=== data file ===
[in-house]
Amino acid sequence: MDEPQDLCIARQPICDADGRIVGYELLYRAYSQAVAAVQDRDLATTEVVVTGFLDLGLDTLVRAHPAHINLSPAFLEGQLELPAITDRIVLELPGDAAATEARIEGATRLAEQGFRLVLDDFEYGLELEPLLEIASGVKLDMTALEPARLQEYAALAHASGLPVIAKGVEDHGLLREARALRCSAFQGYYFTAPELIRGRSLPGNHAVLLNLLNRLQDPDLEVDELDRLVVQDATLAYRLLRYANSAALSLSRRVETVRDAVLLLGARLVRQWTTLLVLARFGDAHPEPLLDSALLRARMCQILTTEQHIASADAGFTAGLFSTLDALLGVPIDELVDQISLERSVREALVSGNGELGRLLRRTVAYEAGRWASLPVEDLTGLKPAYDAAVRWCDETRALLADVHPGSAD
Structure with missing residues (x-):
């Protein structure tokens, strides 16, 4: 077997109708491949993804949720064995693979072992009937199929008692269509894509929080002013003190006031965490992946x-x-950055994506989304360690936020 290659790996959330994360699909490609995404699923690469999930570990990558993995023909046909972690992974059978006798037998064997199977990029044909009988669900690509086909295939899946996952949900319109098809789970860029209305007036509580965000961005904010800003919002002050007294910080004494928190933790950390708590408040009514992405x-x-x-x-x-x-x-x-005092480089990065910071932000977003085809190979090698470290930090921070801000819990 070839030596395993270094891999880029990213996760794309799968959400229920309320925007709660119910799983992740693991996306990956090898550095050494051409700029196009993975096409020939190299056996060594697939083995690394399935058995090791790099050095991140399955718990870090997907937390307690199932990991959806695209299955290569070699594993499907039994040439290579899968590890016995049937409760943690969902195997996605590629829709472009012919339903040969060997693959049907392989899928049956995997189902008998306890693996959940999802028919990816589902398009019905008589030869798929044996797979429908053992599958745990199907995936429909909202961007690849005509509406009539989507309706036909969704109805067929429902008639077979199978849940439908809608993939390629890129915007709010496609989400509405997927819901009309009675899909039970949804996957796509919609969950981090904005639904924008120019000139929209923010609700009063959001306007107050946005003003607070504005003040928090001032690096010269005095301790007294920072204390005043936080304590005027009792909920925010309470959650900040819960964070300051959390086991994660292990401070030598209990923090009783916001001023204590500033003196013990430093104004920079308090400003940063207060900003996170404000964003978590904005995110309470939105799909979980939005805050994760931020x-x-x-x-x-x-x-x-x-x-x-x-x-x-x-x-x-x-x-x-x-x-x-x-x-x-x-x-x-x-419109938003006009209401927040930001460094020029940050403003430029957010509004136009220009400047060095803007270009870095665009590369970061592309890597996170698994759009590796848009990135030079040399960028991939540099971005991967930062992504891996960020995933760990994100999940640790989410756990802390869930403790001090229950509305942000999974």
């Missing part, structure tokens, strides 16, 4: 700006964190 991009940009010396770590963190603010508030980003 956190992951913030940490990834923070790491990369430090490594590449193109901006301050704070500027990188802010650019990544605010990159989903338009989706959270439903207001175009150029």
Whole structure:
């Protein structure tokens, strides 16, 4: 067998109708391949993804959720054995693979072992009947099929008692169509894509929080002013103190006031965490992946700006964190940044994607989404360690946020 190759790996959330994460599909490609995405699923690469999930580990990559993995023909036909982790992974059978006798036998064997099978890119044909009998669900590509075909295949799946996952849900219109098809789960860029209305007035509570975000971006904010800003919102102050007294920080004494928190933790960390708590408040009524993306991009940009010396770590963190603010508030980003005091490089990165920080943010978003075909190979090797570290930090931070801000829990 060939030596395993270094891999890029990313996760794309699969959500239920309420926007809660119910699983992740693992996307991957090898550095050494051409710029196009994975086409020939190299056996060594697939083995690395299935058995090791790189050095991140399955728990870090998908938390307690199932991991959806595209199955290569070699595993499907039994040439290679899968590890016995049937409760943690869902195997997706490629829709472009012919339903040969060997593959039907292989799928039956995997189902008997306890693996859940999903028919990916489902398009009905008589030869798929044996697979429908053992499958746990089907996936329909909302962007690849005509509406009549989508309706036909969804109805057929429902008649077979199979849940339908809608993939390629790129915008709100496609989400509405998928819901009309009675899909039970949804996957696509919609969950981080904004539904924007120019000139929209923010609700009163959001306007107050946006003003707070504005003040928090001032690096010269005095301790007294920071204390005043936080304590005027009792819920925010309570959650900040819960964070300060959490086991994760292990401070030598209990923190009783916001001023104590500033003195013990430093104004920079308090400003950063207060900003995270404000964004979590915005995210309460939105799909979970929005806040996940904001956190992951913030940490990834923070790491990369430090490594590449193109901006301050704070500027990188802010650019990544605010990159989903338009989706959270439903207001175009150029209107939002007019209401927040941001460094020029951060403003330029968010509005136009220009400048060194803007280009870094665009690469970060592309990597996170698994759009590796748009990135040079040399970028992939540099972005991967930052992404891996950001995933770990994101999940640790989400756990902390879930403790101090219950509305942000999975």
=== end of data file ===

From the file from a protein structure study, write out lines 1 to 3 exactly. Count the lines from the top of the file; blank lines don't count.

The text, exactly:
[in-house]
Amino acid sequence: MDEPQDLCIARQPICDADGRIVGYELLYRAYSQAVAAVQDRDLATTEVVVTGFLDLGLDTLVRAHPAHINLSPAFLEGQLELPAITDRIVLELPGDAAATEARIEGATRLAEQGFRLVLDDFEYGLELEPLLEIASGVKLDMTALEPARLQEYAALAHASGLPVIAKGVEDHGLLREARALRCSAFQGYYFTAPELIRGRSLPGNHAVLLNLLNRLQDPDLEVDELDRLVVQDATLAYRLLRYANSAALSLSRRVETVRDAVLLLGARLVRQWTTLLVLARFGDAHPEPLLDSALLRARMCQILTTEQHIASADAGFTAGLFSTLDALLGVPIDELVDQISLERSVREALVSGNGELGRLLRRTVAYEAGRWASLPVEDLTGLKPAYDAAVRWCDETRALLADVHPGSAD
Structure with missing residues (x-):